Thursday, November 09, 2023

Strong response to anti-Semitic rallies in Australia is the only option, writes Peta Credlin

Not long after the Cronulla riots in 2005, the Howard government introduced a citizenship test to try to ensure everyone settling in this country understood what was ­expected of them.

Question 18 of the current ­official practice version of the test asks: “Can you encourage violence against a person or group of people if you have been insulted?” The correct answer, of three alternatives, is: “No, it is against Australian values and the law.”

Question 19 asks: “Should people tolerate one another where they find that they disagree?” The correct answer is: “Yes, peaceful disagreement reflects Australian values in relation to mutual respect.”

To pass the test and be eligible for citizenship, newcomers are supposed to answer correctly all five of the Australian values questions, of which these two are in the practice version. Clearly, sentiments such as “gas the Jews” and “f--k the Jews”, as thousands of people chanted in the forecourt of the Sydney Opera House shortly after the Hamas atrocity in Israel, don’t conform to the values that are supposed to characterise this country.

Some of those proclaiming such race hate would have been Australian born; while others would have been mere residents and, therefore, never exposed to a values test. But many would have been recent citizens, Australians of convenience perhaps, who ­assented to something they didn’t believe in order to gain a privilege.

While history shows there have been racial uprisings in the past (think the Irish rebels at Castle Hill in 1804), there’s really no precedent for the current levels of racial and religious violence.

The fact tens of thousands of Australians now feel strongly enough to join protests, chanting “From the river to the sea, Palestine will be free”, effectively calling for the destruction of Israel in a new holocaust, is hardly consistent with the mutual respect and tolerance that many of them have supposedly signed up to, let alone the decency and respect that previously characterised Australian society.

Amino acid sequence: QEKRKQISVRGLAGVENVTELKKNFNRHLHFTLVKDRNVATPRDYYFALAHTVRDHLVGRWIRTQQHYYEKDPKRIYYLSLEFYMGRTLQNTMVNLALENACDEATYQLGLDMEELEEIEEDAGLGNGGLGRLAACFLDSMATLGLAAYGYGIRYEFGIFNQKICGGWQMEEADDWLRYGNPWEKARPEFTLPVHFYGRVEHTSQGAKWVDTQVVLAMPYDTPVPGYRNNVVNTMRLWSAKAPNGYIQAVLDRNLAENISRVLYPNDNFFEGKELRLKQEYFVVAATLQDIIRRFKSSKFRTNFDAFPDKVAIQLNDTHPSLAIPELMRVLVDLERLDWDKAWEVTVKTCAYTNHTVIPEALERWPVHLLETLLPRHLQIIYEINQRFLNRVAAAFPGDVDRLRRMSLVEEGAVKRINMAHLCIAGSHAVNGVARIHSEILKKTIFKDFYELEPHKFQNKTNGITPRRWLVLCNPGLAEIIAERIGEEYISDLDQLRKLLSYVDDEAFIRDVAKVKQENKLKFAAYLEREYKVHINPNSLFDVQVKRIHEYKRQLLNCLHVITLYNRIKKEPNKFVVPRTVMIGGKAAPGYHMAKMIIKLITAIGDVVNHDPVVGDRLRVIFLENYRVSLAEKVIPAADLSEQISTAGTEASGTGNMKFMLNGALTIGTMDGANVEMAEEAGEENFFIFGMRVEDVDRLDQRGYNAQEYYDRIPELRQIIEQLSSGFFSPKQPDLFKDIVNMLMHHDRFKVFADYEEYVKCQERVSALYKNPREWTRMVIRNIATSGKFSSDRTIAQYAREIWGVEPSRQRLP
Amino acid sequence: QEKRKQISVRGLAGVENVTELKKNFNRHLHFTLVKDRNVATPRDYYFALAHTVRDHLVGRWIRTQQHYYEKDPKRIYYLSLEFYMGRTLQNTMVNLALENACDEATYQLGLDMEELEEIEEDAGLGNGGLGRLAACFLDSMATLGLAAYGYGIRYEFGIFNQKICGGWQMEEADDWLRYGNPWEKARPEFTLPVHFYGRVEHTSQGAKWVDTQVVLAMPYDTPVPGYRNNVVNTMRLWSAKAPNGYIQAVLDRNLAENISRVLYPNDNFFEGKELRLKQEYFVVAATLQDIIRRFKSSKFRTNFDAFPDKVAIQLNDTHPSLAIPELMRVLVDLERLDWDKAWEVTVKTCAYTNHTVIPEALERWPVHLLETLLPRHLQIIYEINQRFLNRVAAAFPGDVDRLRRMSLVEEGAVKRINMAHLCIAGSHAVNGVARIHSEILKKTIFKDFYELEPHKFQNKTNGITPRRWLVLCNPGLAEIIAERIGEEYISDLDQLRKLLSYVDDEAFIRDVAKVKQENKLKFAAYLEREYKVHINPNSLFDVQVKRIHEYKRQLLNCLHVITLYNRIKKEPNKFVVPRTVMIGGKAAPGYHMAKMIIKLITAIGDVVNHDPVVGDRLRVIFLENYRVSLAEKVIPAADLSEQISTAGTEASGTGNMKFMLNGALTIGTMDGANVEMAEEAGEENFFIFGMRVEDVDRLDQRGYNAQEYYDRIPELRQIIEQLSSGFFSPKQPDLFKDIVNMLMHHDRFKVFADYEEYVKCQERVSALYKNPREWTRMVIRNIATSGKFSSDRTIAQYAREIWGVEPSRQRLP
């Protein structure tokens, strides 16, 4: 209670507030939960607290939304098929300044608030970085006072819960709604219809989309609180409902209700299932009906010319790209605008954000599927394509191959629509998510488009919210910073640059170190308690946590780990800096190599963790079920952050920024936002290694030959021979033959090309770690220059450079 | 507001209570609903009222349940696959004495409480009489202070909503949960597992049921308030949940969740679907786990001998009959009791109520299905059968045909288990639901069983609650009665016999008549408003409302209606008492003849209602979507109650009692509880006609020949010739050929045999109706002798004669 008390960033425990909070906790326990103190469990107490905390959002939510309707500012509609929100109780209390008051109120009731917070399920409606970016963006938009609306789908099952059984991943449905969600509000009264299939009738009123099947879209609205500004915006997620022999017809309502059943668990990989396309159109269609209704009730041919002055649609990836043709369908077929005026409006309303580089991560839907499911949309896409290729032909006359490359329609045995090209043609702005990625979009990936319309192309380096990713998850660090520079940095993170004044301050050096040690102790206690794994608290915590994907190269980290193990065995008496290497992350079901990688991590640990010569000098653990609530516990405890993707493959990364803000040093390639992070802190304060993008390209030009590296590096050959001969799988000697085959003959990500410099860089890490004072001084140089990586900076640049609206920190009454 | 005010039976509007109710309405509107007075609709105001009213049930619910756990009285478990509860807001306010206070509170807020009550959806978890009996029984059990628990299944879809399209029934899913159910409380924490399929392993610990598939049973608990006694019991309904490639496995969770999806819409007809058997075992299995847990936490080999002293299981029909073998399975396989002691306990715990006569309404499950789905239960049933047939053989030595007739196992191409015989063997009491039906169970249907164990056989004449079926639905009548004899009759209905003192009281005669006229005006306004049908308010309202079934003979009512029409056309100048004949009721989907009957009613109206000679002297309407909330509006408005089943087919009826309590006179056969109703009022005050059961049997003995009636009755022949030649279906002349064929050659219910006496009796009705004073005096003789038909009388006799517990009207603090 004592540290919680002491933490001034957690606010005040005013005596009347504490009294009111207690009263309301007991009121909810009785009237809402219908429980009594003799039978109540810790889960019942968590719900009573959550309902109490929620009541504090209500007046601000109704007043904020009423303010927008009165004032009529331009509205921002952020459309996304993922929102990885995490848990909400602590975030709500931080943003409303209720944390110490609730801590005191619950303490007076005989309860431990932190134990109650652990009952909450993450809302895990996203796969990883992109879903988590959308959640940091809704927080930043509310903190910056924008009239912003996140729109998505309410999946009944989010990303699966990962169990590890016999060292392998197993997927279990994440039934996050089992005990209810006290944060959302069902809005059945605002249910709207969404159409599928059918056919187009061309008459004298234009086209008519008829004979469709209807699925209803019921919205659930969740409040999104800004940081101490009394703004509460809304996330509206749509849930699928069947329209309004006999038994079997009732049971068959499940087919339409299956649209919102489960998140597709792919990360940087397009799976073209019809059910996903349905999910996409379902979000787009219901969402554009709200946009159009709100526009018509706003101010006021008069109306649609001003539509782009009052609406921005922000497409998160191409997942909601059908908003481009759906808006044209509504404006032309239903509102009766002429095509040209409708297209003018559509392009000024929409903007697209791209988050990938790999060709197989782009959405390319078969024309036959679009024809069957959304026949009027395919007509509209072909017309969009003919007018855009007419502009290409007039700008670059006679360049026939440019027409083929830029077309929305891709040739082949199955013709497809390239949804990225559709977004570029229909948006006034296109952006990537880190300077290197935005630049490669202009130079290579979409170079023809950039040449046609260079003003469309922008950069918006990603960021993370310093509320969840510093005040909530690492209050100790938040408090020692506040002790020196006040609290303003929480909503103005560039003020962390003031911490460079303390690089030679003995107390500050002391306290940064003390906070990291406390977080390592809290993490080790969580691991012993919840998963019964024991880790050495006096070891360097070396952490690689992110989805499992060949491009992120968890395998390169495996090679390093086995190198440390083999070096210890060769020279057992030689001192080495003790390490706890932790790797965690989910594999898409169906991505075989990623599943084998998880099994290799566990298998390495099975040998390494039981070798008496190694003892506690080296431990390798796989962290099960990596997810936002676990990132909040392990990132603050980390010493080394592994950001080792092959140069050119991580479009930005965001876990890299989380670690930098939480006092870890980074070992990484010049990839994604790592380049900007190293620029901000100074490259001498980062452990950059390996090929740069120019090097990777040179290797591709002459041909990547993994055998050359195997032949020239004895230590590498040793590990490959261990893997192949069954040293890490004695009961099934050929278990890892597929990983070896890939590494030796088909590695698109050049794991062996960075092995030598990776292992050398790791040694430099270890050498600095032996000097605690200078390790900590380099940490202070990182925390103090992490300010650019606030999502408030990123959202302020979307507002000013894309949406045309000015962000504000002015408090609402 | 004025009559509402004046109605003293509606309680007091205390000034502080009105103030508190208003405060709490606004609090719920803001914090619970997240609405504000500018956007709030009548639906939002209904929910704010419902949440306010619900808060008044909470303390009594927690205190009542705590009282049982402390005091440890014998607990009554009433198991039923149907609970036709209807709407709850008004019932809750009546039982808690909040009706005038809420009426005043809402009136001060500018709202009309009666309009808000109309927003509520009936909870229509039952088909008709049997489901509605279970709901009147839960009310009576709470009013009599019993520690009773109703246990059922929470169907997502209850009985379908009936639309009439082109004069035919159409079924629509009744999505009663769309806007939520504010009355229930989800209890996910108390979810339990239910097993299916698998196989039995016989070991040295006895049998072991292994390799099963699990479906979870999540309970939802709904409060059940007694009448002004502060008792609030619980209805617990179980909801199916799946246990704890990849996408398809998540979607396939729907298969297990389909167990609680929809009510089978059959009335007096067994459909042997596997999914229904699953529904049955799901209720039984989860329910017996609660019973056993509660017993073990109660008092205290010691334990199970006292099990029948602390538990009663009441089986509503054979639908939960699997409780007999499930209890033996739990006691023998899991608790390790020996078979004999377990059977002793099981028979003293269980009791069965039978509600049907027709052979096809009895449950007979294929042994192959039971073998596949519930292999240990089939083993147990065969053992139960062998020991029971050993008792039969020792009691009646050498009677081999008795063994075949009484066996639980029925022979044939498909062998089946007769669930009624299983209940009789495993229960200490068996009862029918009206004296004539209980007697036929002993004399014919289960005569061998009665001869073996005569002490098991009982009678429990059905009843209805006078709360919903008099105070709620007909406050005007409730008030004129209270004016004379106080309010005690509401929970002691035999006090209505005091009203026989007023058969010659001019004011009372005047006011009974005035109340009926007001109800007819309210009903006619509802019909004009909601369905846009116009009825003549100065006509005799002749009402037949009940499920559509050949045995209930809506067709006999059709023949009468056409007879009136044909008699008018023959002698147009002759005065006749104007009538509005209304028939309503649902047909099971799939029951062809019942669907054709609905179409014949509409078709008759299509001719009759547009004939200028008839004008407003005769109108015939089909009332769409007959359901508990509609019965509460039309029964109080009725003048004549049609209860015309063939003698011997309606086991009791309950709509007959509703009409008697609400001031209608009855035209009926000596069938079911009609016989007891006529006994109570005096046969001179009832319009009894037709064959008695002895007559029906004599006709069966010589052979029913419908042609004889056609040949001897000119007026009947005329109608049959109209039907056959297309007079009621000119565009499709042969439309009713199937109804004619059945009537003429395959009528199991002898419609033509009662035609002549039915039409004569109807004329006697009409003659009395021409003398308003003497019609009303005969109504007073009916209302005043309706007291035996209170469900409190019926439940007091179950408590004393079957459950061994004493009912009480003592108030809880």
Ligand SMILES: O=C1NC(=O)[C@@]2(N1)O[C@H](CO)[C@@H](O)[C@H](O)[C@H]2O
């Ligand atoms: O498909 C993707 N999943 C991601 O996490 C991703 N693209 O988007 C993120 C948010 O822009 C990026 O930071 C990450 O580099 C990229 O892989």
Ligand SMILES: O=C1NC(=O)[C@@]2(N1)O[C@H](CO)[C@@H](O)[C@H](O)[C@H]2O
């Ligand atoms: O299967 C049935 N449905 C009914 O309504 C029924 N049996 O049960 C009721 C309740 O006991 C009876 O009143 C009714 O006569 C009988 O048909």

That’s not to give the Israeli military a leave pass to ignore ­civilian casualties in their drive to destroy the Hamas leadership and to neutralise its terrorist army. But these protesters, many it seems relatively new Australian citizens, are not simply urging a humanitarian ceasefire in Gaza; they’re on Hamas’s side in its ­relentless bid to destroy Israel.

What have we done to our country in accepting migrants so at odds with mainstream Australian thinking?

In a powerful and prescient speech delivered a few weeks prior to October 7, British Home Secretary Suella Braverman, ­herself the child of Mauritian and Kenyan immigrants of Indian background, attacked multiculturalism as it’s practised in most Western countries. “Uncontrolled immigration, inadequate integration, and a misguided dogma of multiculturalism” she said, “have proven a toxic combination for Europe over the last few decades.”

“Multiculturalism,” she said, “makes no demands of the incomer to integrate.”

“It has failed,” she said, “because it allowed people to come to our society and live parallel lives in it. They could be in the society but not of the society. And in extreme cases, they could pursue lives aimed at undermining the stability and threatening the security of our society.”